With a dramatic shift in traveler behavior, industry stakeholders must reimagine their offerings to cater to the new domestic tourist who feels that the need to take frequent breaks is more important than ever.
More Indians are taking personal loans to travel and meet vacation-related expenses, according to Madhavan Menon, executive chairman of Thomas Cook India.
“The average Indian traveler is now more willing to spend rather than save. They want to indulge in new experiences such as motorcycle rides from Leh to Ladakh, glamping, and trekking,” Menon told Skift’s Asia Editor Peden Doma Bhutia in the latest episode of the Skift India Travel Podcast.
In fact, a study by online loan platform Paisabazaar revealed that as many as 21% of consumers took a personal loan for vacation in the first half of the year — with 81% for domestic travel and 19% for foreign travel in the first quarter of financial year 2023.
Menon also pointed out the emergence of the Indian traveler who would rather go on several short vacations and weekend getaways instead of one long holiday. To capitalize on the growing demand for these trips, Thomas Cook in July launched “India’s Incredible Short Breaks,” which is emerging from not just India’s metros and mini metros but also tier 2 and tier 3 cities.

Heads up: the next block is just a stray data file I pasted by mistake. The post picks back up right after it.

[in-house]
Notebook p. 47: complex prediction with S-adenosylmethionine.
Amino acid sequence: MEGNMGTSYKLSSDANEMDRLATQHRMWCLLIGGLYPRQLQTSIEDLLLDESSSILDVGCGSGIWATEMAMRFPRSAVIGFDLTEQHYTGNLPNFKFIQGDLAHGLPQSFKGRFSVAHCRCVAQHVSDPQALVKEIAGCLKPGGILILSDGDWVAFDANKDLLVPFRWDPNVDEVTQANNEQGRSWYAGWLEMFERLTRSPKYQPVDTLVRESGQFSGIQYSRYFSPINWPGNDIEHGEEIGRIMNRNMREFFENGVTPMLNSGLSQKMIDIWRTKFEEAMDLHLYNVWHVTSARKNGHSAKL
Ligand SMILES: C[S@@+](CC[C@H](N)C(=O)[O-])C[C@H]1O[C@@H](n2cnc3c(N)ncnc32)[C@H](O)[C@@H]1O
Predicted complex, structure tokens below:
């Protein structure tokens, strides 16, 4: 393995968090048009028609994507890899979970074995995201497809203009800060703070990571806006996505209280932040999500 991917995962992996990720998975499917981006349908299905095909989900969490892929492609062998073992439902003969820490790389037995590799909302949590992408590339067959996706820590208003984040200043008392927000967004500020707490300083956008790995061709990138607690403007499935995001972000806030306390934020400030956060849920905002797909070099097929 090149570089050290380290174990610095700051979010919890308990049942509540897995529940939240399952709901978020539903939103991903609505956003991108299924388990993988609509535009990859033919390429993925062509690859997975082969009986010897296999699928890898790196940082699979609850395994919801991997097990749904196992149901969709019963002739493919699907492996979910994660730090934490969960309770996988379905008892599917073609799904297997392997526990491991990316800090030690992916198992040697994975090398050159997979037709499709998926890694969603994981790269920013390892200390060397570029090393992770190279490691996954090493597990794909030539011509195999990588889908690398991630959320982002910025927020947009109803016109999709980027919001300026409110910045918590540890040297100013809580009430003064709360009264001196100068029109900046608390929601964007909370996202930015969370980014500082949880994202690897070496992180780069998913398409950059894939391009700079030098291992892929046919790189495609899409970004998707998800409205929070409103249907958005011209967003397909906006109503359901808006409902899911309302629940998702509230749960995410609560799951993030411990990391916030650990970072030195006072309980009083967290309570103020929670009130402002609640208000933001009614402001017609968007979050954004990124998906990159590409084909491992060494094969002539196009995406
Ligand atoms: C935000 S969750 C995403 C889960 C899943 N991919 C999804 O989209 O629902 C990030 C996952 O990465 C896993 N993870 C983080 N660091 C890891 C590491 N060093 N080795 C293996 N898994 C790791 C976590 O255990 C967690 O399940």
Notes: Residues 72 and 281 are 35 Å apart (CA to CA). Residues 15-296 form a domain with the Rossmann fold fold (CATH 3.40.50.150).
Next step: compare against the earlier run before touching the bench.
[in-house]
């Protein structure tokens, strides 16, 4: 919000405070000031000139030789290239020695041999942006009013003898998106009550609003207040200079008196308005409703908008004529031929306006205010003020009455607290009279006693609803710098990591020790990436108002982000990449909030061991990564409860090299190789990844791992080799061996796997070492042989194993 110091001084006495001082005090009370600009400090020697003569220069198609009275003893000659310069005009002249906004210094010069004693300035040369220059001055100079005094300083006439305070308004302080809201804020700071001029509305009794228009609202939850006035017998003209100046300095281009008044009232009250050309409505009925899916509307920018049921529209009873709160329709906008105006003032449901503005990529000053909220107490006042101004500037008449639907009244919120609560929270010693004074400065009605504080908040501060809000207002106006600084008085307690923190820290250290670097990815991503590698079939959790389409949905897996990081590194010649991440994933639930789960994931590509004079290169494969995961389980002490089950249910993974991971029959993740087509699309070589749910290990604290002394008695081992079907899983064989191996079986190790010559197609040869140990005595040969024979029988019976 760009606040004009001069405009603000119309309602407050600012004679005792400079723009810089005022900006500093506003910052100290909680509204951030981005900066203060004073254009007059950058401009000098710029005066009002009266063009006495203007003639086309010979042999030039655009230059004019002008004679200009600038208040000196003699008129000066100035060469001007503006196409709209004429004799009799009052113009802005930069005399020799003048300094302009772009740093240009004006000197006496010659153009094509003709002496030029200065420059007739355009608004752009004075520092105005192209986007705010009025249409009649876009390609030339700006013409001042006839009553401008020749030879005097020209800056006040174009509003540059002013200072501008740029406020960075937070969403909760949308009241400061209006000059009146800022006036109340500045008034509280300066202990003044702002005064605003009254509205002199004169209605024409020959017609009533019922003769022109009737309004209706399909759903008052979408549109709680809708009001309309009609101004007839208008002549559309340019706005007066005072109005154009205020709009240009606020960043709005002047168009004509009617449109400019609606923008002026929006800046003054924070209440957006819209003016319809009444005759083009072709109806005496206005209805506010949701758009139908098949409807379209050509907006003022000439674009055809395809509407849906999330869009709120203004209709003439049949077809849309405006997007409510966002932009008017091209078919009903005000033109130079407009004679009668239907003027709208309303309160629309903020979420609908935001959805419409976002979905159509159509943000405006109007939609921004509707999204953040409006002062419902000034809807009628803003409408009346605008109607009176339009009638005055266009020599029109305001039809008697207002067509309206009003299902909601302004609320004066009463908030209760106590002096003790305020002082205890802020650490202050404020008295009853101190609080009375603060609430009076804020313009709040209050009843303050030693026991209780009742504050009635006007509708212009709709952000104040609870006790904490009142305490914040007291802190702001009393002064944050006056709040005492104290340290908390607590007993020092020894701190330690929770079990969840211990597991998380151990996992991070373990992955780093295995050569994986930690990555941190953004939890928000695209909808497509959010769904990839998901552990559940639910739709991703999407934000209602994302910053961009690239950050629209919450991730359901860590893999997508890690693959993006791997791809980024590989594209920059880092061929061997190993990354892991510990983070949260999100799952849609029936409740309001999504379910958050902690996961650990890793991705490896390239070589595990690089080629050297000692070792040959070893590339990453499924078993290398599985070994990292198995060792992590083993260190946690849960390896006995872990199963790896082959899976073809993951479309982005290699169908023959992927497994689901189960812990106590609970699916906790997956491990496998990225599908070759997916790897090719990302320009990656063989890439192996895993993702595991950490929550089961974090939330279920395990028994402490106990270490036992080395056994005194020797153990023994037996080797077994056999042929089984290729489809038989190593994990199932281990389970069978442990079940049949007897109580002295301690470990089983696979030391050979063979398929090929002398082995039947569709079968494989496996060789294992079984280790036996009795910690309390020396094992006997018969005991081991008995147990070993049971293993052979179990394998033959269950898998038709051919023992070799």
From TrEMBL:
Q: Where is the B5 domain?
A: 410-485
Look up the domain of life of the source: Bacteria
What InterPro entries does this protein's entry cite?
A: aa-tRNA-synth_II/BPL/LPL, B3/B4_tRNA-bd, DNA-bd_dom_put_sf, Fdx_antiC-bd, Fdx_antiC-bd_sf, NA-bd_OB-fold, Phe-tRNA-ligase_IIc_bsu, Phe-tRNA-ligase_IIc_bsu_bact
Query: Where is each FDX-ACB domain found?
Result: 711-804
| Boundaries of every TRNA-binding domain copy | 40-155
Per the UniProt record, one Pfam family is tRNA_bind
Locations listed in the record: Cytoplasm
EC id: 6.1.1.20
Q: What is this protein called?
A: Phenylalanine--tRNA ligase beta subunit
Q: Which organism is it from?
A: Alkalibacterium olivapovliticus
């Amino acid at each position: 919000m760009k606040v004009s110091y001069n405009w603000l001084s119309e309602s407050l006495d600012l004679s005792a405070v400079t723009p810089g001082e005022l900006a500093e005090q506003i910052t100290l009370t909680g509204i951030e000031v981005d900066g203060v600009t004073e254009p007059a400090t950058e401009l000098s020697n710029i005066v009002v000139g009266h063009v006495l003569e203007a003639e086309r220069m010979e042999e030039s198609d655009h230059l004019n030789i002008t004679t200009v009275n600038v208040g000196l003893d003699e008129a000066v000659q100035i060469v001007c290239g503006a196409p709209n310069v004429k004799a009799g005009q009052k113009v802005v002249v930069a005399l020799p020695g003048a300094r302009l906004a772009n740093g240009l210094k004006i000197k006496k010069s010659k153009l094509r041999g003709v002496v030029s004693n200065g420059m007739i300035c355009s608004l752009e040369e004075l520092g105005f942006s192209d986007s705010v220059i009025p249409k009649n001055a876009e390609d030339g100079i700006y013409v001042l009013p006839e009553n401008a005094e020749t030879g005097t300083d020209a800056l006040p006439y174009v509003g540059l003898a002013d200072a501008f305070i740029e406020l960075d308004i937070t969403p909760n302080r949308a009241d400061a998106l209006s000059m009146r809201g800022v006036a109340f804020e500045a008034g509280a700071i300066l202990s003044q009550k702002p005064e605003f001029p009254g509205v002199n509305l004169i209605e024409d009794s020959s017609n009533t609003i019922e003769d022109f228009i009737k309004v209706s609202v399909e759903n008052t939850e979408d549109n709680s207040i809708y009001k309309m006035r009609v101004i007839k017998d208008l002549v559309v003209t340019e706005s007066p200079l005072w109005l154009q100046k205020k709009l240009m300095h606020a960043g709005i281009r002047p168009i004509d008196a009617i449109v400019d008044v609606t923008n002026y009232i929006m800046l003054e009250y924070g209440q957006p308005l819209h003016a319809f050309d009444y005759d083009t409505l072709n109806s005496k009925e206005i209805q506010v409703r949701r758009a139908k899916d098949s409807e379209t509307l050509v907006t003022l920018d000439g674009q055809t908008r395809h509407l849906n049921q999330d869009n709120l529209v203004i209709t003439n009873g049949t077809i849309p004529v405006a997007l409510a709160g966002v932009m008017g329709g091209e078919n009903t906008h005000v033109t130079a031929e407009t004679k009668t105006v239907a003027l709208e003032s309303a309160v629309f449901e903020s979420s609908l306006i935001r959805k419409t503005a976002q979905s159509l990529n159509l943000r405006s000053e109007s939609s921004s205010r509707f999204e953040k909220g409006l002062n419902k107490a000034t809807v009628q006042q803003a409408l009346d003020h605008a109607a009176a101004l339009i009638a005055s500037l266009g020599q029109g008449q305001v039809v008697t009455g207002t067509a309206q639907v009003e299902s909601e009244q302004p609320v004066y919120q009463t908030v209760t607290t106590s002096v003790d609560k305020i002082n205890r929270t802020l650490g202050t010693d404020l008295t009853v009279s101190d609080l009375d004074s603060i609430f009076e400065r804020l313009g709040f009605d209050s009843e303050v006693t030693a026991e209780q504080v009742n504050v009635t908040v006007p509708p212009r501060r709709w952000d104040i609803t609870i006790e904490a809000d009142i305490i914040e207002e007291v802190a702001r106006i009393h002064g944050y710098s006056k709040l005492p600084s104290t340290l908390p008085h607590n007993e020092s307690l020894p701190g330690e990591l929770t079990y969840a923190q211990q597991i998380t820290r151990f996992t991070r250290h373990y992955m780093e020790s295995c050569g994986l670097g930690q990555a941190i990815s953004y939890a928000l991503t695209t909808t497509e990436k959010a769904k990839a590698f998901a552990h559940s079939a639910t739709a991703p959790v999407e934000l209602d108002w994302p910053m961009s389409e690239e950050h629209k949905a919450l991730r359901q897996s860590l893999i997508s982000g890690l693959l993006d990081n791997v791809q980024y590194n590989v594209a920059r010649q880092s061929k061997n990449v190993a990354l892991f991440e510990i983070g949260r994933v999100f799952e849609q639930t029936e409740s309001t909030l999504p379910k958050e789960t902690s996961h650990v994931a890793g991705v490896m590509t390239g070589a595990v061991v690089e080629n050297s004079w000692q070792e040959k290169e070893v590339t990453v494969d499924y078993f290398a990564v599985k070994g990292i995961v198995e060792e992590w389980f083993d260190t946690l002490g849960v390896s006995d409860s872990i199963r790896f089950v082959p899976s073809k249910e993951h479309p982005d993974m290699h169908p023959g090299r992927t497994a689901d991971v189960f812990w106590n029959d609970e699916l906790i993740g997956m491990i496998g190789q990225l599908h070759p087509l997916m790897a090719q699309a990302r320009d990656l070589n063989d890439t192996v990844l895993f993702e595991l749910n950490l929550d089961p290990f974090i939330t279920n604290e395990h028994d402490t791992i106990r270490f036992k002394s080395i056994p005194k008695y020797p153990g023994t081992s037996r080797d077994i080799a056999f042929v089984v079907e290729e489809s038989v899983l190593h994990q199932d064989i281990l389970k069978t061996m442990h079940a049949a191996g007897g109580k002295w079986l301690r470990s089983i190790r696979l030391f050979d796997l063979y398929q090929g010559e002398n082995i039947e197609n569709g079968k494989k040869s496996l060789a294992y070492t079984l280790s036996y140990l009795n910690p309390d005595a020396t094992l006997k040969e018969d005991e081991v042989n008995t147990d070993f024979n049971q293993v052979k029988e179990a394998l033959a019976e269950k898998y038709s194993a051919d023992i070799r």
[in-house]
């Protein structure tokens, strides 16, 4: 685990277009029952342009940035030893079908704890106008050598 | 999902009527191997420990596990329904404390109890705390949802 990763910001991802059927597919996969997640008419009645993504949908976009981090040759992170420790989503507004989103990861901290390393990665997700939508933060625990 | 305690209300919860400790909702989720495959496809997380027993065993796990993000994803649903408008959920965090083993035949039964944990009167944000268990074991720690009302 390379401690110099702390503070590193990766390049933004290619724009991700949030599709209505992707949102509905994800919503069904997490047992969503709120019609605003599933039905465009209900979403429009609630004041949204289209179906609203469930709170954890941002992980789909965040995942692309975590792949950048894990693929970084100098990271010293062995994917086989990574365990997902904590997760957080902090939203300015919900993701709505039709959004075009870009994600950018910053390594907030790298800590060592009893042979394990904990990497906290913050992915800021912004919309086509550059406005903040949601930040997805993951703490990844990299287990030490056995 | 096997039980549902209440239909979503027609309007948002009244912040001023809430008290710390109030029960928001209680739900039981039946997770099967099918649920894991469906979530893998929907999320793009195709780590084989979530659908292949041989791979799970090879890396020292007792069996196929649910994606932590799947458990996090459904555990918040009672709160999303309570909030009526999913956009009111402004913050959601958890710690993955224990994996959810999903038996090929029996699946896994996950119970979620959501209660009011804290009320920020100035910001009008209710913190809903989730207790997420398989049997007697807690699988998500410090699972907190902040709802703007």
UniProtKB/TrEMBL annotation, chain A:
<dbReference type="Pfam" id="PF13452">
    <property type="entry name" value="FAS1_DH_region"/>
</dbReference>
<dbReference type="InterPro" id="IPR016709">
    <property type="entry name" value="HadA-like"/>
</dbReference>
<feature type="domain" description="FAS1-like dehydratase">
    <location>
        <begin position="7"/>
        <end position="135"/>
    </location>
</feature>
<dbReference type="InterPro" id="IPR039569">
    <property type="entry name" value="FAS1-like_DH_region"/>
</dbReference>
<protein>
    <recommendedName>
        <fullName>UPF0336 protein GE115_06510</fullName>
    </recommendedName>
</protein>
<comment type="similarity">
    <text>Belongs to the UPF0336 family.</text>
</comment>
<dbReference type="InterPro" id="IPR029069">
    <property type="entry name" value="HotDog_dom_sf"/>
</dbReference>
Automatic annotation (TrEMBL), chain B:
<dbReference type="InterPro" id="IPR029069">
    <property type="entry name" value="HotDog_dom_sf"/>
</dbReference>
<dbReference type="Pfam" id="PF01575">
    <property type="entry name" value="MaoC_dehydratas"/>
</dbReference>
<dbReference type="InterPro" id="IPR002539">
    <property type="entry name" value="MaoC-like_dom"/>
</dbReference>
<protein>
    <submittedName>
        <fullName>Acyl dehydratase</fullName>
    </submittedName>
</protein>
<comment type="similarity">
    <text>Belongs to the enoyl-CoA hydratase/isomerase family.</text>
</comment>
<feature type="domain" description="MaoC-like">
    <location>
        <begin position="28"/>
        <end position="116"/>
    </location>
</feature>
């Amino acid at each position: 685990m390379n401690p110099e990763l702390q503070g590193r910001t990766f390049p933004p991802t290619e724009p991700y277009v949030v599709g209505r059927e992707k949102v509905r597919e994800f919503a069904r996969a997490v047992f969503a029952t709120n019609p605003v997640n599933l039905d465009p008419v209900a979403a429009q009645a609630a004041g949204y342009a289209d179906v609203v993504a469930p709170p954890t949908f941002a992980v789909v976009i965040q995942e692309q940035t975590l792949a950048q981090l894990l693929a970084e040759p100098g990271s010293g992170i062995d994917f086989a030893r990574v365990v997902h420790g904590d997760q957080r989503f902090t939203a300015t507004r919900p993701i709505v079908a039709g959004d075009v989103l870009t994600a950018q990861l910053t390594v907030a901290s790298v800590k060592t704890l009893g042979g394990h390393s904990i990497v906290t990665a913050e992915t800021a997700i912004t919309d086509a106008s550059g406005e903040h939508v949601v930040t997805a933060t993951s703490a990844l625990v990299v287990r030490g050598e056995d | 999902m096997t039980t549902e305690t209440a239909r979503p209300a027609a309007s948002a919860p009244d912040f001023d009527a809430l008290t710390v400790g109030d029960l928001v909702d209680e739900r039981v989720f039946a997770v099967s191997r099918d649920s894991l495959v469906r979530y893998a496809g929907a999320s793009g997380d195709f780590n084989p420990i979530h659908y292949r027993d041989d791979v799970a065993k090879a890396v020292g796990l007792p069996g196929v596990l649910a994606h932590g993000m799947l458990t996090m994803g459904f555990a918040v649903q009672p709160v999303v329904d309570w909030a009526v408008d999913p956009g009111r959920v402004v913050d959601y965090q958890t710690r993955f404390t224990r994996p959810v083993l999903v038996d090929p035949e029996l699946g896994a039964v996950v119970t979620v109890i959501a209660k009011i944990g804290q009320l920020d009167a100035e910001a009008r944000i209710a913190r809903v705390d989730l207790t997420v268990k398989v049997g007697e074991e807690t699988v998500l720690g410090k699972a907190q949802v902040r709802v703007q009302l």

Easing Visa Norms to Lure Indian Tourists
Obtaining travel visas has been a challenge for Indian tourists. While Southeast Asia and the UAE have traditionally been easy to travel to, more and more countries are joining the list, including Kazakhstan, Uzbekistan, and Georgia.
“The availability of visas on the long haul is where I think we had our fair share of problems. And in all fairness, the embassies needed to scale up post-pandemic,” said Menon.
With new resources at these embassies, Menon said there is heightened level of scrutiny and therefore the increase in rejection rates.
“I think that will settle down over a period of time. My expectation is that by the year-end, we would have sorted out all the glitches around obtaining visas for European destinations,” he said.
On the U.S. visa wait times, Menon said that while the challenges persist, airline officials servicing the country report there are no shortage of bookings on the segment.
5 Things We Learned from the Episode
- Inbound tourism would return to normalcy by 2024. And SITA, the inbound subsidiary of Thomas Cook India is already witnessing this trend in its bookings.
- India has been one of the fastest markets to hit pre-Covid levels as Southeast Asian airlines, Singapore Airlines, and Emirates have boosted capacity into the market.
- Considering visa concerns, Indian travelers are now opting to travel to countries that have a visa on arrival or a much quicker visa processing time.
- The thirst to travel within the country is spreading fast, especially with the ease of connectivity provided by domestic carriers.
- Post-pandemic, the travel habit of Indians has shifted from being a saver to a spender.